Asus Q-Fan 2 (on P5GD2 motherboard)

Control: management of fans, temp/rpm monitoring via soft/hardware

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Francis
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Asus Q-Fan 2 (on P5GD2 motherboard)

Post by Francis » Tue Feb 01, 2005 6:07 am

Hi!

I recently got a Asus P5GD2 motherboard. I've searched for mention of the Asus "Q-Fan" fan control feature on this forum. However, none specifically mention "Q-Fan 2", which is what this motherboard has. I couldn't find a description of "Q-Fan 2" on the Asus website - you get the same page for "Q-Fan 2" as you do for "Q-Fan", and it seems to be an older page written for "Q-Fan":

http://www.asus.com/support/english/tec ... q-fan.aspx

"Q-Fan 2" does seem to have a new option called "CPU Q-FAN Mode". The manual says:

"Allows you to select the type of cable connected to the CPU fan connector. Set to [PWM] when using a 4-pin CPU fan cable. Set to [DC] when using a 3-pin CPU fan cable." Options [PWM][DC]
"Note: Some CPU fans with a 4-pin cable do not comply with Intel's PWM fan specification. With this type of CPU fan, you cannot reduce the CPU fan speed even if you set the CPU Q-Fan Mode to [PWM]

Does any know precisely what the [DC] mode is? I'm using a Zalman 7700 AlCu heatsink, which is 3-pin. Does the motherboard actually adjust the voltage instead of using PWM?

Also, just to confirm, the chassis fans 1 & 2 would still be PWM? Has anyone had experience with trying "Q-Fan 2"? Is it to be avoided? I was thinking of getting some 120mm Nexus Real Silent fans for the case, and was going to try using them with Q-Fan.
--- Francis

harrigan
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Post by harrigan » Wed Feb 02, 2005 7:23 am

The Nexus fan I have comes with a two-wire/three-pin connector for the motherboard, but it's only for RPM monitoring. It gets its power off the four-pin molex connector. I don't think Q-Fan will be able to control the speed of this type of fan. I haven't actually tried Q-Fan so I could be wrong.

frankgehry
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Q fan

Post by frankgehry » Wed Feb 02, 2005 8:01 am

I have the p5gd2 and use q fan for the cpu cooler only. I connect the other fans to a fan controller. On this board only the cpu fan and one chassis fan can use q - fan. There is one other chassis fan connection plus an rpm sensor from the psu. Its good to use q fan for the cpu fan so if for some reason the cpu starts to heat up the fan will automatically speed up. Its not so important for case fans. Your fans need to have a three pin connector with rpm sensing and i'm pretty sure your psu heeds needs an rmp sensing cable Ask more questions if you like. Let me know what kind of fans you have and how many you need to have q fan for, etc... - FG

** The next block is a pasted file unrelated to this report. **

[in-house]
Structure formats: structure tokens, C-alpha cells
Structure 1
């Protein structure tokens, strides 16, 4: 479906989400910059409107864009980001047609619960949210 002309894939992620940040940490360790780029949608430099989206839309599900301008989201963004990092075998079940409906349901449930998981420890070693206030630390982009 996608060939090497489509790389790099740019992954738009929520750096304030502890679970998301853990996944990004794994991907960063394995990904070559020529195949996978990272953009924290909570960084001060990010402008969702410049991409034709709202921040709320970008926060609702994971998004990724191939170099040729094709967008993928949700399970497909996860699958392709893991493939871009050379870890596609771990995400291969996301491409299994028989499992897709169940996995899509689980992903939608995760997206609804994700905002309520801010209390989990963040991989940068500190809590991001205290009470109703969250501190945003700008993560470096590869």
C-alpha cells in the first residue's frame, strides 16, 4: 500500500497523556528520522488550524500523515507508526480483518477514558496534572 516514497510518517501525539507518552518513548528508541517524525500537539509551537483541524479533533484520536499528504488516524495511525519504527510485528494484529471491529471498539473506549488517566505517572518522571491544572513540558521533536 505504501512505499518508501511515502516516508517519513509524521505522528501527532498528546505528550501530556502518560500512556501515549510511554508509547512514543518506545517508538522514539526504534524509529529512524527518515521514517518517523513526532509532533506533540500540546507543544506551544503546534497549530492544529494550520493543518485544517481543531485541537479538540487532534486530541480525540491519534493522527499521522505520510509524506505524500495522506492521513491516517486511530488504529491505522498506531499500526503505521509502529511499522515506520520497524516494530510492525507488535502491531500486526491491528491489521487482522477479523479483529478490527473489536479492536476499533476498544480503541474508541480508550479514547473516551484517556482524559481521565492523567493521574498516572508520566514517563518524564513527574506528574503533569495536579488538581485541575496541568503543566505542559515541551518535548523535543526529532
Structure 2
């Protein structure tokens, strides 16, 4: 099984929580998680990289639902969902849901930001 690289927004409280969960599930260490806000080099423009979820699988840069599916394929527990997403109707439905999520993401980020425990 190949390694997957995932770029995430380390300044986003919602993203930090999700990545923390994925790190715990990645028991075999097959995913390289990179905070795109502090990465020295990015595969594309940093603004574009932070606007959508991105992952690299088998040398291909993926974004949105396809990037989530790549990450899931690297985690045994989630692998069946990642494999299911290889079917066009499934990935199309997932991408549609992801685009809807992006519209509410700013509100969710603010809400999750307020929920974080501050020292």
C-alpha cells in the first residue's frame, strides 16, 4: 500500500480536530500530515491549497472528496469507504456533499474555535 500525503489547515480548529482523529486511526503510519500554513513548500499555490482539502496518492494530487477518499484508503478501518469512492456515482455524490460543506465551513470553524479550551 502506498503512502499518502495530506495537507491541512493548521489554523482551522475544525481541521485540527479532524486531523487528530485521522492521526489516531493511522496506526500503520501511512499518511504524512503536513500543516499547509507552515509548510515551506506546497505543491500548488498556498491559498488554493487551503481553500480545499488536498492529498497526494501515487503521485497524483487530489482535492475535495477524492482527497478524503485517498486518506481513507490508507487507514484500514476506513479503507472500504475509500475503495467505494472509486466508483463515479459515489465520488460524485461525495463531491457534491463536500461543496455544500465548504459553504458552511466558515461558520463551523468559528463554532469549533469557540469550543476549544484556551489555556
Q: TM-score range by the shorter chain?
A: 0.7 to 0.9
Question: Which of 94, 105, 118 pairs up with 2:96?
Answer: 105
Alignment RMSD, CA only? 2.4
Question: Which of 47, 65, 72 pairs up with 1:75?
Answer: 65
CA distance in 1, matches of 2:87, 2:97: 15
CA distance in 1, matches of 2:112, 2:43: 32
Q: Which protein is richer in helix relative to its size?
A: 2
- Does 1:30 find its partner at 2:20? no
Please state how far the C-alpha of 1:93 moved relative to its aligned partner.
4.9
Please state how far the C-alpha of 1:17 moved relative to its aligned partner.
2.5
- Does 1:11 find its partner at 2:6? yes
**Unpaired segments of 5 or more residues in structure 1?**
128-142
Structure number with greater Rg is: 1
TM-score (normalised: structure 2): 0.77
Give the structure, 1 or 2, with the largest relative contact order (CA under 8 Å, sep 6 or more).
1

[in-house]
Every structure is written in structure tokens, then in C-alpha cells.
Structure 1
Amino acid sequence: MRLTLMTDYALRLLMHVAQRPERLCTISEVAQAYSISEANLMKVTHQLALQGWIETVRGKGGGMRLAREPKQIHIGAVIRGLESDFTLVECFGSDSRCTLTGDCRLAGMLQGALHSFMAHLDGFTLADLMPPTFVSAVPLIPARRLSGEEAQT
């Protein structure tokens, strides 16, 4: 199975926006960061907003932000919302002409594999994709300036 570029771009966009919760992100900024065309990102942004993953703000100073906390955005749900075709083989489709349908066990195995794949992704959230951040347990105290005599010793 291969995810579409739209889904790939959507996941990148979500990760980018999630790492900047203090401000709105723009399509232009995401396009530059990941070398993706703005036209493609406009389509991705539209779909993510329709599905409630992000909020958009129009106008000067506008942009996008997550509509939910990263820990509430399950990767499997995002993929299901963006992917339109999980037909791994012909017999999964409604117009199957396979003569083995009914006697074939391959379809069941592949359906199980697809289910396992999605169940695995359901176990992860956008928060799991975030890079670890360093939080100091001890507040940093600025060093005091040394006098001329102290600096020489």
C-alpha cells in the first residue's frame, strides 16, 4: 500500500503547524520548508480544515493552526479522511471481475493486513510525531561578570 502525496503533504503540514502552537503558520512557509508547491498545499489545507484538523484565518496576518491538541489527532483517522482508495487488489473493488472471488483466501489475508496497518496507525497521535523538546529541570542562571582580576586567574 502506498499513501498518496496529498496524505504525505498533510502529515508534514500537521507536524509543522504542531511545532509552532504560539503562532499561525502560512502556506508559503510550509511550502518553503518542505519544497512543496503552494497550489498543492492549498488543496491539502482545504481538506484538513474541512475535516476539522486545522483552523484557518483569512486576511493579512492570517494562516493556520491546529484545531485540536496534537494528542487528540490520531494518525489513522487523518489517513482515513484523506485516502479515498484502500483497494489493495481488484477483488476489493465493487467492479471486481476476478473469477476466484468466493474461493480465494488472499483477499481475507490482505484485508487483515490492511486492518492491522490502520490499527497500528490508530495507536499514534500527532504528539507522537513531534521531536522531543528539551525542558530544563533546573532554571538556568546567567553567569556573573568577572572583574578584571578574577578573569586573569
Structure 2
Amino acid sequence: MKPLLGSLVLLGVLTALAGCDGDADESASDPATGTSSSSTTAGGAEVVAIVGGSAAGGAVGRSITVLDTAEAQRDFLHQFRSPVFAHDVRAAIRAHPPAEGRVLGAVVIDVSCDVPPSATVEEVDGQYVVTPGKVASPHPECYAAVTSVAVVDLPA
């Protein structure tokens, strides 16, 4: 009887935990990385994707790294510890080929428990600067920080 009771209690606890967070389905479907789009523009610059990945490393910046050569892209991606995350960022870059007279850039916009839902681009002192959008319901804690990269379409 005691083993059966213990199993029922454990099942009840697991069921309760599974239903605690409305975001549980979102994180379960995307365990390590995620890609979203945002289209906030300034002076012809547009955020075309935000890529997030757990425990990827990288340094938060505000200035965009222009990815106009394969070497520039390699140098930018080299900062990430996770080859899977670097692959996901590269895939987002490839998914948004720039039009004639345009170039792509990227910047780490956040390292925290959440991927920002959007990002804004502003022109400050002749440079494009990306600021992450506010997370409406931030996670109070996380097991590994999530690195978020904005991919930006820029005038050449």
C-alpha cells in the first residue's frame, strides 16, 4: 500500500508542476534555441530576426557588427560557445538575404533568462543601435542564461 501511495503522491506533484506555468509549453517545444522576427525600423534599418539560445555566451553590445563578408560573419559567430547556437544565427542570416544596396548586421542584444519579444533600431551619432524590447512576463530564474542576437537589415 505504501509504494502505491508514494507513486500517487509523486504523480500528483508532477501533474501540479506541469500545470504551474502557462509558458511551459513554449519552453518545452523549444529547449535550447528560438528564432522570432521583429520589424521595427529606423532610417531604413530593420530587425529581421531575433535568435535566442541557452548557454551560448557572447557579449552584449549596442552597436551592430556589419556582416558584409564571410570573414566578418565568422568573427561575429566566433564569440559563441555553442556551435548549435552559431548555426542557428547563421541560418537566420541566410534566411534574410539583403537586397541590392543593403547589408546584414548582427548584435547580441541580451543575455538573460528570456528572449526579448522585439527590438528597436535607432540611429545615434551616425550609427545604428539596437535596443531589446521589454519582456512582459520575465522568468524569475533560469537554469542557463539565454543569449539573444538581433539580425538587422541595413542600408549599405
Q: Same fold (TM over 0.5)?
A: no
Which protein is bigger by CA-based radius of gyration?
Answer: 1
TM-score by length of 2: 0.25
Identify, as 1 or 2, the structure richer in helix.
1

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Francis
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Re: Q fan

Post by Francis » Wed Feb 02, 2005 5:28 pm

Thanks for the reply - I did notice the manual mentioning only one chasis fan can be controlled, although you can plug in a second one. In reply to harrigan's post, can you verify that a 3-pin fan such as the Nexus 120mm can be controlled by Q-Fan? (Apparently you can control a 3-pin CPU fan by setting the Q-Fan "CPU fan mode to "DC"" rather than "PWM", but because there's no such setting for the chassis fan, can you control a 3-pin fan?)

By the way, do you have any idea what the difference is between "Q-Fan" and "Q-Fan 2"? Is it assumed the P5GD2 is using PWM? Have you noticed any of the PWM effects on the CPU fan? Have you ever tried using it with one of the chassis fans?

Thanks for any info!
frankgehry wrote:I have the p5gd2 and use q fan for the cpu cooler only. I connect the other fans to a fan controller. On this board only the cpu fan and one chassis fan can use q - fan. There is one other chassis fan connection plus an rpm sensor from the psu. Its good to use q fan for the cpu fan so if for some reason the cpu starts to heat up the fan will automatically speed up. Its not so important for case fans. Your fans need to have a three pin connector with rpm sensing and i'm pretty sure your psu heeds needs an rmp sensing cable Ask more questions if you like. Let me know what kind of fans you have and how many you need to have q fan for, etc... - FG
--- Francis

JanW
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Post by JanW » Wed Feb 02, 2005 6:10 pm

All Nexus fans I have, have three leads going to the 3-pin connector. So they are not for monitoring only, you can actually power the fan off the M/B with the 3-pin connector. FWIW, the Nexus fans are reputed to be some of the best fans in combination with PWM, without the noise this induces in some other fans. Changing the DC voltage (as in a fanmate) does obviously work, too, but I can't comment on what the Asus Q-Fan 2 actually does. Either way, with Nexus fans you should be fine.